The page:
How the Pros Call The Bottom

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How the Pros Call The Bottom

You have probably seen and/or heard dozens of market commentators discuss their views on where the S&P 500 bottoms in the current market cycle.  Some say we are at the lows right now.  Others think the index might make its lows at 3,400 or 3,000 or even lower still.

This is an important debate for every investor, even those who do not own US stocks.  History repeatedly shows that stressed global equity markets all bottom at roughly the same time.  Call the bottom on the S&P and you have likely called the lows for non-US equities as well. 

We use two approaches when considering where the S&P may make its final low.

The first is to examine past index prices.  We can look back at history and say on X date the S&P traded for Y.  Since we know what the index was earning as of that date, we can also back into a valuation and consider how current market conditions compare to those precedents.  For example:

  • S&P at 3,386, about 7 percent below recent levels.  This was the last new S&P 500 high before the Pandemic Crisis hit, set on February 19th, 2020. The S&P had earned $163/share the prior year, so the index was trading for 21x trailing earnings.
  • S&P at 2,977, about 18 percent below recent levels.  This is where the S&P closed at the end of Q3 2019, just before it rallied 14 percent to the February 2020 highs.  The PE here is 18x, based on the same $163/share noted above. 

Round those to 3,000 – 3,400, and you get a reasonable S&P 500 price target based on the simple assumption that the index must give up all its Pandemic Era gains before it can make a bottom.  If we assume the S&P will earn $176/share in a recessionary 2023 (20 percent below current earnings of $220/share), we get an implied PE ratio of 17 – 19x.  In such an environment, interest rates should be lower than today, so those multiples seem fair enough to us. 

The second approach looks at expected future S&P 500 earnings per share and pairs that analysis with what investors might be willing to pay for those results.  From 2013 to 2019, the S&P traded for 15 – 19x forward earnings.  Investor sentiment determined where stocks traded on that spectrum. In the early part of that period, not long after the Financial and Greek Debt Crises, they were at the low end of that band.  As the US economy continued to grow and earnings improved, PEs eventually reached 19x in 2019.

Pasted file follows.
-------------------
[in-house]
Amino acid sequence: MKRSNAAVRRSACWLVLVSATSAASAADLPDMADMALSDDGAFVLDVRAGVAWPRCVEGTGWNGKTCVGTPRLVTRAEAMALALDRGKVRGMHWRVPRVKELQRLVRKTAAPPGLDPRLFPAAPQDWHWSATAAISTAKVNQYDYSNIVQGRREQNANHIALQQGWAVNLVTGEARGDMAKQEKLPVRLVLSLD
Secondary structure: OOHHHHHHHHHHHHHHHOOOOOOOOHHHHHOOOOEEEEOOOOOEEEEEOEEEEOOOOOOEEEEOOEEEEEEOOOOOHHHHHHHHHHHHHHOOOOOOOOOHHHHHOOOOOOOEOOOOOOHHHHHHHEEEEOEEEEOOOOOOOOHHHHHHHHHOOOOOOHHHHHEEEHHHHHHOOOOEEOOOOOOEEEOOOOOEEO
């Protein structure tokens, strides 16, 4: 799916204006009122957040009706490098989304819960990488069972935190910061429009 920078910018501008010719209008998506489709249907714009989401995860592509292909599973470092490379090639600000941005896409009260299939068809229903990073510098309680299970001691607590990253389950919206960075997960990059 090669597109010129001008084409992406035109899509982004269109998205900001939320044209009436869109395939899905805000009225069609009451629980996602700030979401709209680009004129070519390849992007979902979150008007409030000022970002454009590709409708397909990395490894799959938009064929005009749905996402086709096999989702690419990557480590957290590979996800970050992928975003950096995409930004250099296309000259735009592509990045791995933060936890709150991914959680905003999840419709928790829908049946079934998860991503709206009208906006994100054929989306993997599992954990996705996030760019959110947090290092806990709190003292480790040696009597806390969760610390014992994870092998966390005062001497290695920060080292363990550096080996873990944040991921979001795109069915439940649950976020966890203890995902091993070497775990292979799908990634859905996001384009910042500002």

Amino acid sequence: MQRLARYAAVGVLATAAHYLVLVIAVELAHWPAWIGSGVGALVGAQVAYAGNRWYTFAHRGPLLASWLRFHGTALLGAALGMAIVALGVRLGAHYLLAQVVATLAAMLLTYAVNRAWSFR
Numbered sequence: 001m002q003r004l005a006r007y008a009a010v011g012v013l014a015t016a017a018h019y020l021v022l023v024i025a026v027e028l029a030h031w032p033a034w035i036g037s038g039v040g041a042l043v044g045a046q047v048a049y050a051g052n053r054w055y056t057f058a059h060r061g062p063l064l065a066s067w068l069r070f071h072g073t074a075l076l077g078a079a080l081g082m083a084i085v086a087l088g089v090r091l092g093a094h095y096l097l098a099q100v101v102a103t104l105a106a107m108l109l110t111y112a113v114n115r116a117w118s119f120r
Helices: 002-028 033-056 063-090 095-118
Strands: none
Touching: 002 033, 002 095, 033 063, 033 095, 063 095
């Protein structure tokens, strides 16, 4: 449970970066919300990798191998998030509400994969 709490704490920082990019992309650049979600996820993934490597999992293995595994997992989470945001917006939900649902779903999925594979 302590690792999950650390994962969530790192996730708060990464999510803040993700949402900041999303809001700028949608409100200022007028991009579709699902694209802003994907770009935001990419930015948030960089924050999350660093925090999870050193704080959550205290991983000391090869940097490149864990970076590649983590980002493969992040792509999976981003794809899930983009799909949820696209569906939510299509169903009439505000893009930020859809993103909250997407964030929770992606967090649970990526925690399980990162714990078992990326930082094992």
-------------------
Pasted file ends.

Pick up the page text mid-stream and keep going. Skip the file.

Applying that same 15 – 19x band to a range of potential future S&P earnings gives us the following price targets:

S&P earnings of $220/share (current run rate, no recession):

  • 15x (low investor confidence): 3,300
  • 17x (medium investor confidence): 3,740
  • 19x (high investor confidence): 4,180

S&P earnings of $198/share (10 percent below current earnings, slight recession):

  • 15x (low confidence): 2,970
  • 17x (medium confidence): 3,366
  • 19x (high confidence): 3,762

S&P earnings of $176/share (20 percent below current earnings, full recession):

  • 15x (low confidence): 2,640
  • 17x (medium confidence): 2,992
  • 19x (high confidence): 3,344

The range here is broader than the first approach, yielding results from 2,640 (28 percent below current levels) to 4,180 (14 pct above current levels).   At the low end, a recession hits earnings with full force and investors lose all hope in an eventual recovery. At the high end, earnings remain robust, and investors continue to keep the faith.  At present, the S&P 500 reflects the middle scenario (a slight recession) and medium – high confidence (17x – 19x PE). 

Takeaway: as poorly as the S&P has performed YTD, investors continue to price stocks as if a severe recession is unlikely and market sentiment will remain reasonably strong.  If your perspective is different from that still-upbeat take, the tools and approach we have described here give you all you need to determine where US large caps will eventually bottom.